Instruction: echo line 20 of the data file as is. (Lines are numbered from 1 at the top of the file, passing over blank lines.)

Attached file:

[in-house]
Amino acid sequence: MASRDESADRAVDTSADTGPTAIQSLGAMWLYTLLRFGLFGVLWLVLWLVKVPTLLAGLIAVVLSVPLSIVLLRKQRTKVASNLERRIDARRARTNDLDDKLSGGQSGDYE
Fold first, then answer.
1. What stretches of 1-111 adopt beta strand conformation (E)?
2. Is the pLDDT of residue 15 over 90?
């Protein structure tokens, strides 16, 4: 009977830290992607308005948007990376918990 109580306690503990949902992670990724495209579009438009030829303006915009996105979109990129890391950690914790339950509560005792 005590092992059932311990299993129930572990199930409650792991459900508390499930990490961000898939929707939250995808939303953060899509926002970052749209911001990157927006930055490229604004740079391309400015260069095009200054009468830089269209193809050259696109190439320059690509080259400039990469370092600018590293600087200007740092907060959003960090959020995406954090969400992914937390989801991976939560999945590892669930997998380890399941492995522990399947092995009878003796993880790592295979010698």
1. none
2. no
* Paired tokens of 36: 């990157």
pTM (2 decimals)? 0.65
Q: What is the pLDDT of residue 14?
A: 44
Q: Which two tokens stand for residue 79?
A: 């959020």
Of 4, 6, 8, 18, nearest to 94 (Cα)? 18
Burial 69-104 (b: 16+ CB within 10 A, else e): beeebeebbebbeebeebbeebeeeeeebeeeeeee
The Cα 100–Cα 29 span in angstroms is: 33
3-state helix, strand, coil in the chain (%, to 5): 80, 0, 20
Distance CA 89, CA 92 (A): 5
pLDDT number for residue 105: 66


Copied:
pLDDT number for residue 105: 66